Novelist's Skill. In between, with a series of interlocking biographical sketches, Wilson introduces a handful of men and ideas that helps link Vico's original insight about the possibilities of historic progress first with Utopian socialism, then with Marxism, and finally with Lenin's fateful arrival at power. With a biographical novelist's skill, Wilson also manages to suggest much of the political and philosophical history of 19th century Europe. A series of clashes (1830, 1848 and, in France, 1870) only slowly confirmed—and often simply denied—the rights of man briefly proclaimed by the French Revolution. Meanwhile, the poor suffered as the industrial revolution spread. A debate arose—with echoes today in the U.S. —between those who defended individual liberty, ignoring the fact that only the middle class, or above, could take advantage of it, and those who urged the need for state control for the good of society.

One of Wilson's heroes is Jules Michelet, a poor printer's son who discovered Vico's ideas in 1824 and used them to create a new kind of history, written as if from the viewpoint of the past, dedicated to human progress and infected with the notion that the common people are more important than their leaders. "To know how to be poor," Michelet once said, "is to know everything."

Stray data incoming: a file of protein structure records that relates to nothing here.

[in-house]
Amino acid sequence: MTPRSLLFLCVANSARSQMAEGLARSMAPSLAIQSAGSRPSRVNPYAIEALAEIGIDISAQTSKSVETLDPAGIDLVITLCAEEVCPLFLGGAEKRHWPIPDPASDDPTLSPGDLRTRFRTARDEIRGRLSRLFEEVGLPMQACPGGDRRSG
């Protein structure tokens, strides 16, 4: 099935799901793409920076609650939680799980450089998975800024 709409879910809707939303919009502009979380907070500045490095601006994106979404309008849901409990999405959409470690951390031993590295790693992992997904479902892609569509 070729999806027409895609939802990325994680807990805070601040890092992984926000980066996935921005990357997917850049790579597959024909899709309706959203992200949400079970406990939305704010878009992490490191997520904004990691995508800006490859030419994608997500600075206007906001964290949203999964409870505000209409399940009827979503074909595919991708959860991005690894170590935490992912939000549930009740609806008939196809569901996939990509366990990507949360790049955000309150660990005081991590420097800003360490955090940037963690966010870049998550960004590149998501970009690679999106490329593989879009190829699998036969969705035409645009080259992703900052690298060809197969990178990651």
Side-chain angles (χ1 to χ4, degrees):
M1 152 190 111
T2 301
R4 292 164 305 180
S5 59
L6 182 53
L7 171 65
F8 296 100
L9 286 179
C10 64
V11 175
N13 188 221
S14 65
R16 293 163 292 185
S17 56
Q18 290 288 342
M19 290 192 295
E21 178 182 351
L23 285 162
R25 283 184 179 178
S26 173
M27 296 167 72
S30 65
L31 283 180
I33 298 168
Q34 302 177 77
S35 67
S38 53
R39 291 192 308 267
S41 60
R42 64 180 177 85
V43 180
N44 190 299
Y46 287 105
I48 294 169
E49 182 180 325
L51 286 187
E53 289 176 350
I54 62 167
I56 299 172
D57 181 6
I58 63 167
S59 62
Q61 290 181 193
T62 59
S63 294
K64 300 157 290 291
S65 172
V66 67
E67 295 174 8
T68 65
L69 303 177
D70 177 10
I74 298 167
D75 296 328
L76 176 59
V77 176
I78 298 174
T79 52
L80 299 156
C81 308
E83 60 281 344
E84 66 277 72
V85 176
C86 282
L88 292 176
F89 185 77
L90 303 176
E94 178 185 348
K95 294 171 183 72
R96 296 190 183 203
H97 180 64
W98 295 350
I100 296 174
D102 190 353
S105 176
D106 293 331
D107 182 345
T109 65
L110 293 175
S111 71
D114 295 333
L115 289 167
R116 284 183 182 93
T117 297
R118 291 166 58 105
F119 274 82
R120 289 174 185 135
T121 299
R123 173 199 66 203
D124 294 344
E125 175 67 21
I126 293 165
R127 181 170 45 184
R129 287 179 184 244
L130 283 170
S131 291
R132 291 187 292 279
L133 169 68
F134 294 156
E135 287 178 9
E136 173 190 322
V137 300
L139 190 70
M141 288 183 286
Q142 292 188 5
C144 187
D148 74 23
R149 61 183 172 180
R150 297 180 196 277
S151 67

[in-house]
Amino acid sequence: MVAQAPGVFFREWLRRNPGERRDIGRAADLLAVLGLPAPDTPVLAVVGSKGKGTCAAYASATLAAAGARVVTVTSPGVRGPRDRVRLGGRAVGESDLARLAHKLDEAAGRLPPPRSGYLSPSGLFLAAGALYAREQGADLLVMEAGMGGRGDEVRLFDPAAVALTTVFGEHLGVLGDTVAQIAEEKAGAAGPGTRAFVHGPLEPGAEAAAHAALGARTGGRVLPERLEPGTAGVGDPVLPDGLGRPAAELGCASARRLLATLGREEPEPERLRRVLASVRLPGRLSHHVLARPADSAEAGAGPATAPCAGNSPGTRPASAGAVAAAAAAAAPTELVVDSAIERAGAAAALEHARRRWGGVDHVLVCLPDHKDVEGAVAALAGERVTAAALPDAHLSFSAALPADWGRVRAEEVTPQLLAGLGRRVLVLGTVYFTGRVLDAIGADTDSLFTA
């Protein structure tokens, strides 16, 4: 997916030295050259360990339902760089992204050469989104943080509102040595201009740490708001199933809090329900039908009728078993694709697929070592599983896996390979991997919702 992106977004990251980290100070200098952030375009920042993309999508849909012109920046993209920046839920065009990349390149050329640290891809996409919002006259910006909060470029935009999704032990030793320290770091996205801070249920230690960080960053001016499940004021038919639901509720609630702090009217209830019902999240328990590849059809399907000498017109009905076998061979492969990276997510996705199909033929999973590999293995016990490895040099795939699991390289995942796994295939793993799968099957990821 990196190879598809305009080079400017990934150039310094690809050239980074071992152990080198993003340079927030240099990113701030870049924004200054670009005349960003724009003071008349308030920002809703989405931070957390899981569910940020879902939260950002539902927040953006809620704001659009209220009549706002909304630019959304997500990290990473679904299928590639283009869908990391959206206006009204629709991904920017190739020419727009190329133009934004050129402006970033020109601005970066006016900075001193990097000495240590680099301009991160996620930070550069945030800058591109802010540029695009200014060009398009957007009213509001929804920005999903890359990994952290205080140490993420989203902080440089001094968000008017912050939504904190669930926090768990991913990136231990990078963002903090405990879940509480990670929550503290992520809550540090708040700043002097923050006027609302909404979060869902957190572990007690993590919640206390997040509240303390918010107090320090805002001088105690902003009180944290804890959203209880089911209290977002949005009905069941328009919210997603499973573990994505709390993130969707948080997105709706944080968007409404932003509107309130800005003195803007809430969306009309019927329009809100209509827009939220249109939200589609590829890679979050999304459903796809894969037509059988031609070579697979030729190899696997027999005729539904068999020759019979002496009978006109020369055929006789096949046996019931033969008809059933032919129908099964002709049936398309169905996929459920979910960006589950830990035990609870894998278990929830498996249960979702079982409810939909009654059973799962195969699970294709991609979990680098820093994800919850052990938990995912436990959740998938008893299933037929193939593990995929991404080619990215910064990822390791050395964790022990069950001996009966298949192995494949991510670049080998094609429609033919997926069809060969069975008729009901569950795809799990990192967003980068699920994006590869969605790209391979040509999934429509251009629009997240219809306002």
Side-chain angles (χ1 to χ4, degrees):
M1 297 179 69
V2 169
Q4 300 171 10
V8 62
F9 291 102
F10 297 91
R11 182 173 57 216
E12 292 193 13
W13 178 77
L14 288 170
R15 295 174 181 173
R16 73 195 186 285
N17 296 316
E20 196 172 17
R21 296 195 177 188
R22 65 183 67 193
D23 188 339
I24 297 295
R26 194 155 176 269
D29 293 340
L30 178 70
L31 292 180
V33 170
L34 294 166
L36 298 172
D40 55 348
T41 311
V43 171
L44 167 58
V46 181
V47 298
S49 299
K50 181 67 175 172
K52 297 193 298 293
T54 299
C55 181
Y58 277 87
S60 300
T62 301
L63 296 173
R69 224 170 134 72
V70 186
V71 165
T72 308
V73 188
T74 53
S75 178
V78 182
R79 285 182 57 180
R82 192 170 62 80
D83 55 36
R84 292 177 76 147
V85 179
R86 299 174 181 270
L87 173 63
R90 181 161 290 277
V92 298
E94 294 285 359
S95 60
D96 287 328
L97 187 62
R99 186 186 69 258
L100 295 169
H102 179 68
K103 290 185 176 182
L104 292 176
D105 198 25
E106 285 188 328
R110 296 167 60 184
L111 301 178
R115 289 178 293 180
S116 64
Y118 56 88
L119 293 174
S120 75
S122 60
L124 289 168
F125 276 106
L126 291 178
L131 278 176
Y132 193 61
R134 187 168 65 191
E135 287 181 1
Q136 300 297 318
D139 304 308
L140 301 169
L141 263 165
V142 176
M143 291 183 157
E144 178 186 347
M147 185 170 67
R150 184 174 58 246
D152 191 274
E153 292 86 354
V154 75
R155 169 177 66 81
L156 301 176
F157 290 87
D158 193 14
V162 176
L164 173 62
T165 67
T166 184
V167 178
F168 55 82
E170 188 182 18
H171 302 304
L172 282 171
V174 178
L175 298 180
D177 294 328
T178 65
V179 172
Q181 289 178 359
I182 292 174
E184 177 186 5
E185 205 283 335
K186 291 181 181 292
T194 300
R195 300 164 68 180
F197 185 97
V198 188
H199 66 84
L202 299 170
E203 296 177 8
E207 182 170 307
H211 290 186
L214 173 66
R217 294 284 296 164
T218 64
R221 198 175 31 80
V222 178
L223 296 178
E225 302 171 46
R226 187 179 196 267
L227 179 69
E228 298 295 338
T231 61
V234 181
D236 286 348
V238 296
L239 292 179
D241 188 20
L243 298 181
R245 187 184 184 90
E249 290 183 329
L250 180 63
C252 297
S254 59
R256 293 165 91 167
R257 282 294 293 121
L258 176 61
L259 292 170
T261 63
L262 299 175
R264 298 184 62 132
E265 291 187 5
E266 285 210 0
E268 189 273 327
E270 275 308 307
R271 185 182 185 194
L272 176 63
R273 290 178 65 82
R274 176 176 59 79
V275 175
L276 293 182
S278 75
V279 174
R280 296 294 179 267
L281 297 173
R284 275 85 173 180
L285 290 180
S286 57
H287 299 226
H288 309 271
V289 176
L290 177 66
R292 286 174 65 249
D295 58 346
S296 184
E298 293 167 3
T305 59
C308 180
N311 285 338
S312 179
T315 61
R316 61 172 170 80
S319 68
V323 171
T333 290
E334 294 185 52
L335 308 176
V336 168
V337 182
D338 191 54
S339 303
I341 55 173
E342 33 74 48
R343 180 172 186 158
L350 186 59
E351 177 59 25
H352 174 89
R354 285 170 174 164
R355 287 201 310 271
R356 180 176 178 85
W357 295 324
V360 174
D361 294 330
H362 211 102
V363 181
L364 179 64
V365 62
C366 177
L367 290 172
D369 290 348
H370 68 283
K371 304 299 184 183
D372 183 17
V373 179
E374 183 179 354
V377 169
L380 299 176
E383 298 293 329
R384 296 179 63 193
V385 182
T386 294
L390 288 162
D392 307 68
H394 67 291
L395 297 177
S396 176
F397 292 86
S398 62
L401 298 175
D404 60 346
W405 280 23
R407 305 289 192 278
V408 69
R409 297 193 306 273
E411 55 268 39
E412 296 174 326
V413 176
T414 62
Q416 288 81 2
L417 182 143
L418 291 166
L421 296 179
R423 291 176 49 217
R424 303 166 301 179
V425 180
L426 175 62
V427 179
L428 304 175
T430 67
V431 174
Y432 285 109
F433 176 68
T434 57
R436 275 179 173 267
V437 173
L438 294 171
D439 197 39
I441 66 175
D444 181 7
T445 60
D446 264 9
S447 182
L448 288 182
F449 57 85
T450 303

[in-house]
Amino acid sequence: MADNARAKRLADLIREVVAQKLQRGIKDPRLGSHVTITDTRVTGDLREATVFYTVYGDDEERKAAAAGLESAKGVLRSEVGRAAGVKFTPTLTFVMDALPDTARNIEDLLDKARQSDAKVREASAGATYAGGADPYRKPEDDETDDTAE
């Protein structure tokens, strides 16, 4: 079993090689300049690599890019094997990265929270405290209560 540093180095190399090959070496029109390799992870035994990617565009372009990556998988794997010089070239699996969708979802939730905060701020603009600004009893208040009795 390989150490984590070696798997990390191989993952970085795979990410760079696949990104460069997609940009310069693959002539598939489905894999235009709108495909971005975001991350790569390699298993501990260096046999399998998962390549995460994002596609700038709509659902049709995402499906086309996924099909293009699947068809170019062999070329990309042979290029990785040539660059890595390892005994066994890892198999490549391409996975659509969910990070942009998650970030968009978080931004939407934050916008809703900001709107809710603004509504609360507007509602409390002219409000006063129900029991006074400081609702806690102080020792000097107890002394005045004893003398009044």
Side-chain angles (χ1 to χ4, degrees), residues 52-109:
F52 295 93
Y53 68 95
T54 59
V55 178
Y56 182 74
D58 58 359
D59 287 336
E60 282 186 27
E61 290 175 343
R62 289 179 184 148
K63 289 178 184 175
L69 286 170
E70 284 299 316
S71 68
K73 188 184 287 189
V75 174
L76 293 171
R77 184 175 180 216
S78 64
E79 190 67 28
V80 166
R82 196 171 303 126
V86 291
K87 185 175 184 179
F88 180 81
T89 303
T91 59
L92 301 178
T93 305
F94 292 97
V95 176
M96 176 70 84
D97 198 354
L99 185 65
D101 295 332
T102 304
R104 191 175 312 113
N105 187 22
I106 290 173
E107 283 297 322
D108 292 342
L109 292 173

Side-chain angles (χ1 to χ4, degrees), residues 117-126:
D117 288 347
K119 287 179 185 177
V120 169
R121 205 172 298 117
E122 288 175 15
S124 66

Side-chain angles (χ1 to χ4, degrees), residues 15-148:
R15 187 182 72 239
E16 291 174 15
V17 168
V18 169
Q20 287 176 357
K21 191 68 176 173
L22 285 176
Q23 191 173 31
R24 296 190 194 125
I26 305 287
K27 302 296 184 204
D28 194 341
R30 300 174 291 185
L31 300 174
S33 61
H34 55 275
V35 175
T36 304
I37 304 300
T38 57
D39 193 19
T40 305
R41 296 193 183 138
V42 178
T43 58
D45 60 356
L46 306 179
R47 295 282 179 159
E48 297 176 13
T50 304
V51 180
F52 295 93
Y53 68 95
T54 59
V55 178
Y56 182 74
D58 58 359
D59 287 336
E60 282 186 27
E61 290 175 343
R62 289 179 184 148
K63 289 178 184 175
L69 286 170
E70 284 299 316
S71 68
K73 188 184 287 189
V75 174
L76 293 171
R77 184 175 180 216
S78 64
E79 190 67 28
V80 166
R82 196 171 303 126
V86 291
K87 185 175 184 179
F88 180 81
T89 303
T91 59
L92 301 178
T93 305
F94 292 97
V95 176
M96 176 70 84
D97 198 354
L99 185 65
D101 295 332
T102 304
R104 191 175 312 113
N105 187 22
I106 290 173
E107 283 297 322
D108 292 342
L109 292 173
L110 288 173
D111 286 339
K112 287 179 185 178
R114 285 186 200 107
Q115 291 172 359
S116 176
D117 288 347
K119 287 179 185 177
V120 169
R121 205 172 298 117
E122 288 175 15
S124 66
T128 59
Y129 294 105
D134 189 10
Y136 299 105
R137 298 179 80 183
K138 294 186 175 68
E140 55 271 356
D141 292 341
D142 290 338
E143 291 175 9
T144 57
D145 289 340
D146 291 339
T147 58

The rigid indifference, not to say ferocious hostility, with which the middle classes reacted to claims made upon it by and for the poor after the French Revolution largely explain the later harshness of Marx's view of history and Lenin's remorseless approach to politics. In France, Gracchus Babeuf's seven-year-old daughter died of hunger when he was imprisoned for demanding universal suffrage. Eventually Babeuf himself was put to death for establishing the Society of Equals and asserting that only in a planned society could such various human needs as free education and milk for deprived children be met. The Comte de Saint-Simon beggared himself and spent 20 years urging a society administered by the unsalaried rich for the good of the poor, according to rules to be worked out by high-minded men of learning.